x--Second game not included.
Chicago 8, talitornia 1 (Ist game)
Cleveland 8, Boston 4
New York 5, Washington 3
Baltimore 3, Detroit 2
Minnesota 7. Kansas City 5
TODAY'S GAMES }
Kansas City at Minnesota
Only gamnes scheduled
Chicago 8, Los Angeles 6-
San Francisco 3, Houston 2
Milwaukee 4, Philadelphia 2
Cincinnati 2, New York 1
St. Louis 7, Pittsburgh 3
San Francisco at Houston (n)
Los Angeles at Chicago
Cincinnati at New York
Milwaukee at Philadelphia (n)
St. Louis at Pittsburgh (n)
He's, Got a Team
To Keep Him Warm
Farmers press their cider, columnists unfurl old cliches, hawkers
honey raspy voices, and bands across the country honk out rusty
fight songs. The delightful ritual of football 'season begins.
And from law firms, corporate mazes, hospital offices, and assort-
ed businesses, college alumni everywhere feel a tingle of Saturday
expectation, or at least feel they would like to feel the tingle, and say
they feel it, because all their buddies say they feel it. From my obser-
vation, only a miniscule few really give a hoot about their alma mater
that got them their first job. But there are those few rabid alums
who get so tingled by the whole football thing that even wealth and
Wife become secondary to the big, big, big game.
I've always been fascinated by these gung-gung-ho-ho kind
of people. Some of them even cry if the team loses the big, big,
big game. Recently, I got a chance to talk with one friendy alum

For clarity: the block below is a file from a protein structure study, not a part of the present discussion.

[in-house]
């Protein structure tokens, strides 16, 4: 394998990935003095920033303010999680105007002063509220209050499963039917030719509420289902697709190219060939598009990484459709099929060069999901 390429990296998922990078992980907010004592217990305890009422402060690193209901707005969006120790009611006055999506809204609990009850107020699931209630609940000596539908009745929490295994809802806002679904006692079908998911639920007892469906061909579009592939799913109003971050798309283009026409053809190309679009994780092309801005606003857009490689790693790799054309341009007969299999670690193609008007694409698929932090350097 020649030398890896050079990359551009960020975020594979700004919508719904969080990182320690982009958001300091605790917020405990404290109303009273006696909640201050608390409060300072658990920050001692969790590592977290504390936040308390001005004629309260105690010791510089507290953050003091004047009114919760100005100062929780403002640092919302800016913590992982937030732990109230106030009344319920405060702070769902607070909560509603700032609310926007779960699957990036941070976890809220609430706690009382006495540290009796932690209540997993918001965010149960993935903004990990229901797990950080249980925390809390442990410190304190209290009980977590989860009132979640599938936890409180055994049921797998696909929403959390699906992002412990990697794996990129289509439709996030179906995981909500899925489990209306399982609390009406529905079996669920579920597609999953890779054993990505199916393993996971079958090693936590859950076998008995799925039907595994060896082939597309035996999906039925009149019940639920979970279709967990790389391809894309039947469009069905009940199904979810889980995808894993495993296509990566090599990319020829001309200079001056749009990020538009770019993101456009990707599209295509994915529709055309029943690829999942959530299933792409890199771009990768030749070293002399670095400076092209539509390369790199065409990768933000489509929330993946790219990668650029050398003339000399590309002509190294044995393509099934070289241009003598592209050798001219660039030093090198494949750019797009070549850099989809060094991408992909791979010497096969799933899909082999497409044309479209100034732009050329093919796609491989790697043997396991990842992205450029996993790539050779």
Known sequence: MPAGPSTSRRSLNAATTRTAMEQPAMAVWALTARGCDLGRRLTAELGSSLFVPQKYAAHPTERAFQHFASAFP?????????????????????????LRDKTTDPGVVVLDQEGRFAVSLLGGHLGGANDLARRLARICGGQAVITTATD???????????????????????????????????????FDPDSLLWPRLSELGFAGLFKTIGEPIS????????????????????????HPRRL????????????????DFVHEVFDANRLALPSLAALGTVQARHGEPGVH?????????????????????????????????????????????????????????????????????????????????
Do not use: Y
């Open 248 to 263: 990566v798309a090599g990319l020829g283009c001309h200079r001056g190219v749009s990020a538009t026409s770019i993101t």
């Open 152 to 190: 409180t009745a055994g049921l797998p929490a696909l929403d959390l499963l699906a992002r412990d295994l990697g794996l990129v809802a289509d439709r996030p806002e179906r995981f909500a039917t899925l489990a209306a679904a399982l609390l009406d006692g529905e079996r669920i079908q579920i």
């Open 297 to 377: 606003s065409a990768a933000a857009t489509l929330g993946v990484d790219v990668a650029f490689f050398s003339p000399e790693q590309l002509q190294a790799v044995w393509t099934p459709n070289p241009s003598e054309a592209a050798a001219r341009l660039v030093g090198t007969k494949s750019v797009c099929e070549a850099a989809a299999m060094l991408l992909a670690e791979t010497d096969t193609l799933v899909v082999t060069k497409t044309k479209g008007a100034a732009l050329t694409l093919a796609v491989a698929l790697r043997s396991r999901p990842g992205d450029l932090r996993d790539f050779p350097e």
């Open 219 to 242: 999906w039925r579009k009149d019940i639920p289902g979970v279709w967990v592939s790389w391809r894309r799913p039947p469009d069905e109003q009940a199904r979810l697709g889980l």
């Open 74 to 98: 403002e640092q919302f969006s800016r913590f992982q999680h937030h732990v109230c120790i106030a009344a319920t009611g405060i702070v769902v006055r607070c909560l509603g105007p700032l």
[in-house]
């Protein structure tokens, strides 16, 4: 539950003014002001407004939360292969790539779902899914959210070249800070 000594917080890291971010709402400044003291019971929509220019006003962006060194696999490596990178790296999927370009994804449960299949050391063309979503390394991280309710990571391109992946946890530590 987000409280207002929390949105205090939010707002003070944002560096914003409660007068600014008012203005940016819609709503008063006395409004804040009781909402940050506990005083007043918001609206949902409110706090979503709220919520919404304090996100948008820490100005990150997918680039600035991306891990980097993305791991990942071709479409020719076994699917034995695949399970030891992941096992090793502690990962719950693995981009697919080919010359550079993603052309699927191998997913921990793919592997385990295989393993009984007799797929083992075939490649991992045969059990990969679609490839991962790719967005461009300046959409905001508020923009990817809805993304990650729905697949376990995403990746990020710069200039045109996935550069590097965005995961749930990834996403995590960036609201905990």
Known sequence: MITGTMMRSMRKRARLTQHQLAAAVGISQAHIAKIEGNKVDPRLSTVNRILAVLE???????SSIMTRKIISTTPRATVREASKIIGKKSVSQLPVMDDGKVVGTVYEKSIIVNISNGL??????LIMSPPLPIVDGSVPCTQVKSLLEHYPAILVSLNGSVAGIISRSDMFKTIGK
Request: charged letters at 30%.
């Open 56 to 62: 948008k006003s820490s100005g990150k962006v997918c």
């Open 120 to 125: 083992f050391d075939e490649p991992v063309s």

of a school near here. An effervescent, bubbling, extroverted,
librarian, the jolly Rex Rahrah, had a good deal to say about
the alumnus phenomenon.
"Yeah, class of '29, good year-great team we had. The old man
was quite a coach. Knew him quite well. I mean, not quite well, pretty
well. Said hello to him once. He nodded to me as we crossed the
street. Yeah, quite a guy.
"You know, I haven't missed a home game in 32 years. Even
when my wife slashed her wrists the morning of the first game in '47
I made it to the stadium for the second quarter. Helluva game it was,
too. We won in the last ten seconds. Yeah, '47 was when I got
'Alumnus of the Year' award. Greatest thrill of my life. That was a
great year. Yeah.
"What makes me such a good alumnus. It's hard to put your
finger on. First thing I guess, is you got to have a lot of love. I
love my college with all my heart and soul. The turf on the field,
the splinters In the seats, the goal posts, the scoreboard, the locker
room, and even the rest rooms are closer to me than my own
.mother. And of course I love the team most of all. Those boys are
like my own sons. Some of them even nod to mein the locker
room after the games.
"Is it really important to me that the team win, you ask. Well,
naturally it's how you play the game that really counts. Sportsman-
ship is everything. This doesn't mean that I like a loser. A losing
team is a dishonor. It demeans the school. And there's this damn,
librarian who works with me who always rubs it in if we lose. It's
enough to make you want to cry. And to lose'is simply unAmerican.